About the Breed
The Bullmastiff is a large and imposing breed of dog initially developed from crossing Mastiffs with Bulldogs to create a dog larger than a Bulldog, faster and more aggressive than a Mastiff yet not quite as ferocious as a Bulldog. The record of his development becomes known mid 1800’s in England, where he was used for large estates and game preserves.
The keepers of these estates and preserves had a hard job keeping poachers of the wild game at bay. These dogs were created to be a silent watcher, one who could remain quietly hidden while tracking yet be fast and powerful enough to take down and hold a poacher until the gamekeeper could come without actually damaging the poacher via mauling in the process.
Today the Bullmastiff is still a natural guardian and can rise to the occasion by instinct alone to protect his family if need be.
The Bullmastiff is a giant breed of a dog standing a good 24-27 inches tall at the shoulder and weighing 100-130 pounds. Males are larger than females. It may feel like you are standing next to a small horse! He should be powerful in appearance.
His coat is very short and flat yet dense. He comes in three color variations: red, fawn, and brindle.
The Bullmastiff is a stable, reliable kind of dog that is friendly. He does well with all family members, including children. He is pretty tolerant of children and normally doesn’t react to heavy petting, ear pulls, or stepped-on tails, but both dog and child need to learn how to behave around one another. The breed is very large, and if not careful, he can easily knock down a small child.
As long as the Bullmastiff has been well socialized with people, he likes greeting new people. His calm and docile nature can make him an excellent therapy dog prospect.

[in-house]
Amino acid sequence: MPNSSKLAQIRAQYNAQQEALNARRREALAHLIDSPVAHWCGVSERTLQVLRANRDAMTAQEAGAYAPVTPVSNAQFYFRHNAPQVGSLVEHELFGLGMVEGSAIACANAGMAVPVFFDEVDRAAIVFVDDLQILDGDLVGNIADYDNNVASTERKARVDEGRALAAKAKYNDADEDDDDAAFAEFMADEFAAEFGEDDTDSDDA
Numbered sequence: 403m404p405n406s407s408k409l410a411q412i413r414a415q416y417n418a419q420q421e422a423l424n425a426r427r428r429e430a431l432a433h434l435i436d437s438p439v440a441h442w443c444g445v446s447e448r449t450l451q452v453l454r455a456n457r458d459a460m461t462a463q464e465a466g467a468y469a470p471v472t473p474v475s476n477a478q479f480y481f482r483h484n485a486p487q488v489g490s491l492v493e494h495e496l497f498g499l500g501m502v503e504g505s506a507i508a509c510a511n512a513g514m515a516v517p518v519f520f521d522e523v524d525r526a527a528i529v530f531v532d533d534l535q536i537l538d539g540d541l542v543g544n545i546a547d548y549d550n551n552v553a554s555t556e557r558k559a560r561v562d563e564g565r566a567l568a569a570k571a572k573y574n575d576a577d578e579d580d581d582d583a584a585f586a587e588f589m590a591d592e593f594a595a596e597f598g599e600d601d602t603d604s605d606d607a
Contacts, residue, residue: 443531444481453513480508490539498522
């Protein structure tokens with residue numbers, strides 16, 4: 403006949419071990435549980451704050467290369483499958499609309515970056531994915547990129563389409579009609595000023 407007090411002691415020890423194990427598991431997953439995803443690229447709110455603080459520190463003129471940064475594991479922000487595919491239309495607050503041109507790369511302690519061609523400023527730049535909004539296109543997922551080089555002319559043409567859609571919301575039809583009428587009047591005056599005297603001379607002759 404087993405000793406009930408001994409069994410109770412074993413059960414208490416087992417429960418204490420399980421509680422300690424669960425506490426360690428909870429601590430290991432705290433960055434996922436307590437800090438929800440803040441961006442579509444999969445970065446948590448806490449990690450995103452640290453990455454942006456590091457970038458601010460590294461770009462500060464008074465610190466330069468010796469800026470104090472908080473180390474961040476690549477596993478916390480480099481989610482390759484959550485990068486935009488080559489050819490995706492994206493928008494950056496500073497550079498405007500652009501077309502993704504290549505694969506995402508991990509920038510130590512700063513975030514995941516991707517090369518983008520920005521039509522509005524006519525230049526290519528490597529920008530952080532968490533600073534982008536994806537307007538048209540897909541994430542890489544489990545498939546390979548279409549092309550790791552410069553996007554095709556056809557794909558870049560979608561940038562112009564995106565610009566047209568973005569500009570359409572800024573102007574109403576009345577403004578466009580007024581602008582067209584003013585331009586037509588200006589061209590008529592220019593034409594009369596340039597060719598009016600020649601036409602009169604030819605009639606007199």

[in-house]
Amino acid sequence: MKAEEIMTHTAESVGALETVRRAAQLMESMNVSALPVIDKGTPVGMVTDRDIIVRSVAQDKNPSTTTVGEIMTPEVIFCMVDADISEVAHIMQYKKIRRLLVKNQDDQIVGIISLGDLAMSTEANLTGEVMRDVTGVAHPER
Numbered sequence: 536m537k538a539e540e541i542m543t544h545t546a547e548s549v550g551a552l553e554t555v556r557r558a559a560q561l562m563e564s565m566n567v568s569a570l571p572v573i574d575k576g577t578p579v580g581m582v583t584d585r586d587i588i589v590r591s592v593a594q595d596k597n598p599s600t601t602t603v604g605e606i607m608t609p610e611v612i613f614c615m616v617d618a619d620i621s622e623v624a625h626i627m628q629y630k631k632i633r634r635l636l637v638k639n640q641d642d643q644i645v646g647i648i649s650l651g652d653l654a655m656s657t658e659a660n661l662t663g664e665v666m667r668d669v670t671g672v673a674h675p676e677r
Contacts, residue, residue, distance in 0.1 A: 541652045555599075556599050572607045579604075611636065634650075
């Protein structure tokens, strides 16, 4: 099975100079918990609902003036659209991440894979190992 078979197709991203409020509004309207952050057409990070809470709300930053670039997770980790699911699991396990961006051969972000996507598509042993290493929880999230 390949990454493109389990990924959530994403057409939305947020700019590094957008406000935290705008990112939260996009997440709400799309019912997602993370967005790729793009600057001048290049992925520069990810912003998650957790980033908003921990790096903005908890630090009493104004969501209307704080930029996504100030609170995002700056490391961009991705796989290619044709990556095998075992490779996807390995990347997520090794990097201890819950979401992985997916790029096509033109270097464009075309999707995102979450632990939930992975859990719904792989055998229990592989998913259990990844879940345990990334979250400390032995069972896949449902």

While the breed does excellently with people, he may or may not live with other animals, depending on the individual. Many can live peacefully with cats if raised with or socialized, although he might chase them.
He isn’t a breed of dog that generally lives within a pack of dogs well. He can do okay with opposite-sex pairings but fights often break out between same-sex dogs. He was never bred to be dog tolerant in groups.
Despite the Bullmastiff’s large size, he doesn’t require a large degree of exercise. A short daily walk or two is more than enough. He can live equally well in an apartment or a home so long as provided with this exercise. He can be heat intolerant, so care should be used not to work him extensively in heat.
The breed is generally a very quiet breed of dog.
The Bullmastiff should receive training very early in life and continuing into adulthood. It is very hard to manhandle a large breed of dog into doing something, and a well-trained Bullmastiff will be more receptive.
He can be independent at times. He learns new tasks well, but he does tire and become bored of those tasks that seem repetitive. Try to keep training consistent yet fun and entertaining for him.
All family members need to take part in the training process so that the dog views everyone equally. They tend to look at where they fit within the human pack and may rank themselves higher over some.
Because he is a natural guardian, it is a good idea for him to be well socialized at an early age to take well to new people and situations. Additionally, he should be exposed to well-behaved dogs as part of the process to help prevent generalized dog aggression issues.
Shedding & Grooming
The Bullmastiff is a fairly wash and wear kind of dog. His short coat is easily maintained using a light brush or glove brush.
As with all dogs with downed ears, it is good to inspect and clean the ears routinely. This way, you can quickly identify problems indicative of an infection, or you can prevent one from forming.
Lastly, an occasional bath, routine nail trims, and toothbrushing round out the routine.
Health & Life Expectancy
As a giant dog breed, the Bullmastiff only has an average lifespan of 8-10 years of age. There are several health issues related to the Bullmastiff to be aware of, according to the American Bullmastiff Association:
- Hip and elbow dysplasia
- Torn ligaments
- Subaortic stenosis
- Thyroid issues
- Skin and coat problems